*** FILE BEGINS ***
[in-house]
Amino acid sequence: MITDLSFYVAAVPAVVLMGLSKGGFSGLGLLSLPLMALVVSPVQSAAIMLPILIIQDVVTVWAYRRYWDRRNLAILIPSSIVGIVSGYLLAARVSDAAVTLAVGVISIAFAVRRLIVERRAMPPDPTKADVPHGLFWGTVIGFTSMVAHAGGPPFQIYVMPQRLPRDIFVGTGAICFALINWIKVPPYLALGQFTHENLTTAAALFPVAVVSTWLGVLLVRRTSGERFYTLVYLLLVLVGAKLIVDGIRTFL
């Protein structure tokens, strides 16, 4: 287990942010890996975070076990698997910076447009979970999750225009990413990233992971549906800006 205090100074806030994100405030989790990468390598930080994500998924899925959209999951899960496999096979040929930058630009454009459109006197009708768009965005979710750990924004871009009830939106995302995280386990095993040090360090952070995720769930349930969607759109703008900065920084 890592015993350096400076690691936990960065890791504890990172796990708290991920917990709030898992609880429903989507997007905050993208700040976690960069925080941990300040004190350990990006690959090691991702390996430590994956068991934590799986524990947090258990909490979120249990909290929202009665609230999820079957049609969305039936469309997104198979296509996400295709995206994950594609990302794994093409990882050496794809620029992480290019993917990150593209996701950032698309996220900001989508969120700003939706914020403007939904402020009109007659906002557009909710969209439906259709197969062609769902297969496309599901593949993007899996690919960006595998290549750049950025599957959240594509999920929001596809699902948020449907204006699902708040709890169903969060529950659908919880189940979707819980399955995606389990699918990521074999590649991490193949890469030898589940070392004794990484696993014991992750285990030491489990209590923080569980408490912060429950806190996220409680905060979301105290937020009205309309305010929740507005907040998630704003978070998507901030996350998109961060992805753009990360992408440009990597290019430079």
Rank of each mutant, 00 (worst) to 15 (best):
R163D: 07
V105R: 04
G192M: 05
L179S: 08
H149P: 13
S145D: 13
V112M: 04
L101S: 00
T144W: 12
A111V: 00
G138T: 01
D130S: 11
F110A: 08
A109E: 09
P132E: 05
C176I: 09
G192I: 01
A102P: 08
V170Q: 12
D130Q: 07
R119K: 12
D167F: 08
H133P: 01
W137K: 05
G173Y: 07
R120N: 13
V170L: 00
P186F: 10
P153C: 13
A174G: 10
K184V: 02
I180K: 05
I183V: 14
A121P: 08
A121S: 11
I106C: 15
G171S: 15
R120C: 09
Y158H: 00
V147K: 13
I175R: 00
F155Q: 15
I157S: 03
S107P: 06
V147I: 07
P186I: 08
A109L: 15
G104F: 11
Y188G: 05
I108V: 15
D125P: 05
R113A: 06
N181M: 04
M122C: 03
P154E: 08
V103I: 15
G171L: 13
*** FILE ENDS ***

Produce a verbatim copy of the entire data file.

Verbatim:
[in-house]
Amino acid sequence: MITDLSFYVAAVPAVVLMGLSKGGFSGLGLLSLPLMALVVSPVQSAAIMLPILIIQDVVTVWAYRRYWDRRNLAILIPSSIVGIVSGYLLAARVSDAAVTLAVGVISIAFAVRRLIVERRAMPPDPTKADVPHGLFWGTVIGFTSMVAHAGGPPFQIYVMPQRLPRDIFVGTGAICFALINWIKVPPYLALGQFTHENLTTAAALFPVAVVSTWLGVLLVRRTSGERFYTLVYLLLVLVGAKLIVDGIRTFL
């Protein structure tokens, strides 16, 4: 287990942010890996975070076990698997910076447009979970999750225009990413990233992971549906800006 205090100074806030994100405030989790990468390598930080994500998924899925959209999951899960496999096979040929930058630009454009459109006197009708768009965005979710750990924004871009009830939106995302995280386990095993040090360090952070995720769930349930969607759109703008900065920084 890592015993350096400076690691936990960065890791504890990172796990708290991920917990709030898992609880429903989507997007905050993208700040976690960069925080941990300040004190350990990006690959090691991702390996430590994956068991934590799986524990947090258990909490979120249990909290929202009665609230999820079957049609969305039936469309997104198979296509996400295709995206994950594609990302794994093409990882050496794809620029992480290019993917990150593209996701950032698309996220900001989508969120700003939706914020403007939904402020009109007659906002557009909710969209439906259709197969062609769902297969496309599901593949993007899996690919960006595998290549750049950025599957959240594509999920929001596809699902948020449907204006699902708040709890169903969060529950659908919880189940979707819980399955995606389990699918990521074999590649991490193949890469030898589940070392004794990484696993014991992750285990030491489990209590923080569980408490912060429950806190996220409680905060979301105290937020009205309309305010929740507005907040998630704003978070998507901030996350998109961060992805753009990360992408440009990597290019430079």
Rank of each mutant, 00 (worst) to 15 (best):
R163D: 07
V105R: 04
G192M: 05
L179S: 08
H149P: 13
S145D: 13
V112M: 04
L101S: 00
T144W: 12
A111V: 00
G138T: 01
D130S: 11
F110A: 08
A109E: 09
P132E: 05
C176I: 09
G192I: 01
A102P: 08
V170Q: 12
D130Q: 07
R119K: 12
D167F: 08
H133P: 01
W137K: 05
G173Y: 07
R120N: 13
V170L: 00
P186F: 10
P153C: 13
A174G: 10
K184V: 02
I180K: 05
I183V: 14
A121P: 08
A121S: 11
I106C: 15
G171S: 15
R120C: 09
Y158H: 00
V147K: 13
I175R: 00
F155Q: 15
I157S: 03
S107P: 06
V147I: 07
P186I: 08
A109L: 15
G104F: 11
Y188G: 05
I108V: 15
D125P: 05
R113A: 06
N181M: 04
M122C: 03
P154E: 08
V103I: 15
G171L: 13